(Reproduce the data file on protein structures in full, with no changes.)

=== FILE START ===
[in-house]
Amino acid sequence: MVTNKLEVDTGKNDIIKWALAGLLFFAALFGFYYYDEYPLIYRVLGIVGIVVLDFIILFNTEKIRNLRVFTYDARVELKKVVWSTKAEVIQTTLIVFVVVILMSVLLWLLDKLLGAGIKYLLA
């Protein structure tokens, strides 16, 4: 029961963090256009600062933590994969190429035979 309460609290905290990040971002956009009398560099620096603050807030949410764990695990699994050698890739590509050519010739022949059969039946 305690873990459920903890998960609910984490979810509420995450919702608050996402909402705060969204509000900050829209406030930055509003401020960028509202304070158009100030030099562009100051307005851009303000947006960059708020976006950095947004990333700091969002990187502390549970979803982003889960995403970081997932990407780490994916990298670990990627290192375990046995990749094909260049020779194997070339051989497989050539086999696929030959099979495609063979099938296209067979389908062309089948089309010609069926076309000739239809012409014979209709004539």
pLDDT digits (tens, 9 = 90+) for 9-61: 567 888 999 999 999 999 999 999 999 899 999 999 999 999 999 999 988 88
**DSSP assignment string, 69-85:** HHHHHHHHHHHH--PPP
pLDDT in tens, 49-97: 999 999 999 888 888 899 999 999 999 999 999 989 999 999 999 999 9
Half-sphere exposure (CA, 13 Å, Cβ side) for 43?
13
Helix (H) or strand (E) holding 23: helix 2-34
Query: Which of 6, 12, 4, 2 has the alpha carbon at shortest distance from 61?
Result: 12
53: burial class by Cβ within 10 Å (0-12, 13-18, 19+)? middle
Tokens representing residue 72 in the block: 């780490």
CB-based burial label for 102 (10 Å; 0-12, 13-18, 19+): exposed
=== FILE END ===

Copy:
[in-house]
Amino acid sequence: MVTNKLEVDTGKNDIIKWALAGLLFFAALFGFYYYDEYPLIYRVLGIVGIVVLDFIILFNTEKIRNLRVFTYDARVELKKVVWSTKAEVIQTTLIVFVVVILMSVLLWLLDKLLGAGIKYLLA
């Protein structure tokens, strides 16, 4: 029961963090256009600062933590994969190429035979 309460609290905290990040971002956009009398560099620096603050807030949410764990695990699994050698890739590509050519010739022949059969039946 305690873990459920903890998960609910984490979810509420995450919702608050996402909402705060969204509000900050829209406030930055509003401020960028509202304070158009100030030099562009100051307005851009303000947006960059708020976006950095947004990333700091969002990187502390549970979803982003889960995403970081997932990407780490994916990298670990990627290192375990046995990749094909260049020779194997070339051989497989050539086999696929030959099979495609063979099938296209067979389908062309089948089309010609069926076309000739239809012409014979209709004539």
pLDDT digits (tens, 9 = 90+) for 9-61: 567 888 999 999 999 999 999 999 999 899 999 999 999 999 999 999 988 88
**DSSP assignment string, 69-85:** HHHHHHHHHHHH--PPP
pLDDT in tens, 49-97: 999 999 999 888 888 899 999 999 999 999 999 989 999 999 999 999 9
Half-sphere exposure (CA, 13 Å, Cβ side) for 43?
13
Helix (H) or strand (E) holding 23: helix 2-34
Query: Which of 6, 12, 4, 2 has the alpha carbon at shortest distance from 61?
Result: 12
53: burial class by Cβ within 10 Å (0-12, 13-18, 19+)? middle
Tokens representing residue 72 in the block: 């780490």
CB-based burial label for 102 (10 Å; 0-12, 13-18, 19+): exposed